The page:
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Thread started 22 Mar 2016 (Tuesday) 00:53
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A friend inherited an old Rolleiflex camera, and needs help identifying it and understanding its use.

 
Tom ­ Reichner
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Mar 22, 2016 00:53 |  #1

.

A fellow member of the artists club I belong to inherited an old camera from her late aunt. She would like to use it, but has very little to go on as to what kind of film it takes and what model of camera it is.

She says that she saw no information on the camera, nor on its case, as to what the specific model it is. Wikipedia was not much help, either, for when I looked up "Rolleiflex camera", the wikipedia entry simply says that Rolleiflex is a "long-running and diverse line of high-end cameras originally made by the German company Franke & Heidecke, and later Rollei-Werk." Also according to wikipedia, Rolleiflex made both medium format and 35mm SLR cameras, and I have no way of knowing which this is, as I am not able to see or examine the camera in person.

So apparently there are many different models of Rolleiflex cameras, and with no model name or number located anywhere on the body I have no idea how she can find out wha model she has. It does say something on the front that looks like "SYNCHRO COMPUR", but she says that that is not a model name.

My hope is that someone here on POTN will be familiar with this camera and be able to identify it by the photo that I am attaching.

If you can tell me what model it is I would much appreciate it. Also, if you can tell me what kind of film it takes, and where that film can be purchased, that info would be quite helpful, too.

Thanks!


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Mar 22, 2016 01:54 |  #2

The Synchro Compur is the shutter. I don't know more about this camera, but here is a site that claims it lists all the models. http://www.rolleiclub.​com …as/tlr/info/all​_TLR.shtml (external link)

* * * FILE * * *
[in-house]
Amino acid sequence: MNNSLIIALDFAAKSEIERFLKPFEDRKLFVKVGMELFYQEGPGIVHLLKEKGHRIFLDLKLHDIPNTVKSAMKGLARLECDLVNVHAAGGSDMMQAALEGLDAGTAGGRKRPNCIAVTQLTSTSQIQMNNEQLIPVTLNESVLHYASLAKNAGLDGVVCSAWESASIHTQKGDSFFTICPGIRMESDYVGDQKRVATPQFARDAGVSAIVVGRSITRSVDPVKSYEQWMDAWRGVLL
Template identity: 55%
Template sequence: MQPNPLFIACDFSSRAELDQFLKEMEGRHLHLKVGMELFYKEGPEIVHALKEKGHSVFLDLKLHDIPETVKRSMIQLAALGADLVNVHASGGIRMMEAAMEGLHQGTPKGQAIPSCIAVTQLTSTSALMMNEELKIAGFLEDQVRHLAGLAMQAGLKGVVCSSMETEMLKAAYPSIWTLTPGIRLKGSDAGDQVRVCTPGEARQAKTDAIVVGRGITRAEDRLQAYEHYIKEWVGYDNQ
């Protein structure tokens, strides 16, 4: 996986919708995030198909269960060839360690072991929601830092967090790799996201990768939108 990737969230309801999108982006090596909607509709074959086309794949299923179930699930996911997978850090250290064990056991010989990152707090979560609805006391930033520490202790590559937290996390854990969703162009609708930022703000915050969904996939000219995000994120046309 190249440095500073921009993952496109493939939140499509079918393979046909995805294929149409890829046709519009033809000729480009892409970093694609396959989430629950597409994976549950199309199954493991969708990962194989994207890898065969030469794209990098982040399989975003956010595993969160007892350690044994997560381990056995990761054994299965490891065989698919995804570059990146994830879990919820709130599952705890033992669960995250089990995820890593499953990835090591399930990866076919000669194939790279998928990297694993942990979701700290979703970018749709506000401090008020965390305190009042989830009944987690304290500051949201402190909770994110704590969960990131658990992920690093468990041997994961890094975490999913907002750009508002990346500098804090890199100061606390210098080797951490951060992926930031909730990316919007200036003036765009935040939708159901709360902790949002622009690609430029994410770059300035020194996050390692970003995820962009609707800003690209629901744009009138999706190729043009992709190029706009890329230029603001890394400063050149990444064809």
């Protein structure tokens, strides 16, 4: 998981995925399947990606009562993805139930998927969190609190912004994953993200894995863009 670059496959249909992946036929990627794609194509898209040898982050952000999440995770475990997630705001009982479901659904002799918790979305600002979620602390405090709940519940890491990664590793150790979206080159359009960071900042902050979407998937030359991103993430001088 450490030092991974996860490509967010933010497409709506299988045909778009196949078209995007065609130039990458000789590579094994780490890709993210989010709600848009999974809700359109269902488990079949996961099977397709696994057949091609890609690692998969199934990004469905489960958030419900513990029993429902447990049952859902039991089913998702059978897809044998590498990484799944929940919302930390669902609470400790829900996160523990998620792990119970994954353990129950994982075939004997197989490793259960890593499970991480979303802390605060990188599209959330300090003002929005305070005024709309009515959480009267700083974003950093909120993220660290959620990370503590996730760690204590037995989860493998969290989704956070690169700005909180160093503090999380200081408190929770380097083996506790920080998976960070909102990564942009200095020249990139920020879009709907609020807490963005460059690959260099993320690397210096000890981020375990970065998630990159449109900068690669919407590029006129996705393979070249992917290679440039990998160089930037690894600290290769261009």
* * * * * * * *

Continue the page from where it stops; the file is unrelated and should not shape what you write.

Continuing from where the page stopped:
Hopefully someone can give you more information, but at least this site will give you a place to start.


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Snydremark
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Mar 22, 2016 01:54 |  #3

Hey Tom,

If you can grab the S/N off the front, top of the camera there, maybe this site can help get you on the right track: http://antiquecameras.​net/rolleiflex.html (external link)

Best of luck to both of you; looks like it could be a fun thing!


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Owain ­ Shaw
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Mar 22, 2016 03:43 |  #4

I think it would take 120 roll film; it's what they called a Twin Lens Reflex rather than an SLR (looking at the same Wikipedia article as you did, I imagine, I think that it mentions 35mm referring only to SLRs). I've only ever seen TLRs as Medium Format (120) cameras, but I'm not an expert and there may be 35mm TLRs out there.

Using the model list at the bottom of that Wiki page, and the fact that the lenses seem to say Tessar 1:3.5 on them; I'd guess at a 1958-75 Rolleiflex T. Could easily be wrong though.


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Mar 22, 2016 08:27 |  #5

Owain Shaw wrote in post #17944078 (external link)
I think it would take 120 roll film; it's what they called a Twin Lens Reflex rather than an SLR...

I agree. They were pretty durable cameras. You view through the top lens & the image is taken through the bottom one, so the closer to the subject that you are, the less accurate the framing will be.


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Luckless
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Mar 22, 2016 08:47 |  #6

Open the back and look inside. I believe Rolleiflex TLRs are all 120 (possibly 220, but 'close enough' for the most part. Might have a rotating pressure plate to switch between the two), and that is easily confirmed by opening it up and looking inside. Should have space to hold two spools that are both removable.

120 is an interesting film format, as it feeds off a main spool that the film comes on, and that is in turn wound onto an identical secondary spool and then stays there. The old main spool gets moved and becomes your secondary spool when you load a new roll of film. Since it isn't a cartridge film, it is usually a good idea to take a little extra care with it.


They are lovely cameras, and interesting to work with. I'm sure she will enjoy it if they have any real interest in working with film.


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moose10101
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Post edited over 2 years ago by moose10101.
     
Mar 22, 2016 09:02 |  #7

Her Rolleiflex is one of the classic film cameras. The link to the serial numbers will help you identify the particular model, so you can track down an instruction manual for details on loading the film and operating the controls.

Her model uses 120 film, as do virtually all Rolleiflexes (they also made a smaller model that uses 127 film). You can buy 120 film online from all of the big photo supply stores. Based on its appearance, I'd guess that it is NOT equipped to use 220 film, but if you post the serial #, I can double-check that. It takes Bayonet I (more commonly referred to as "Bay I") filter and lens hood accessories.

The Tessar lens may be the most common lens design used by medium format cameras; it seems that every company produced its own copy. It's quite sharp.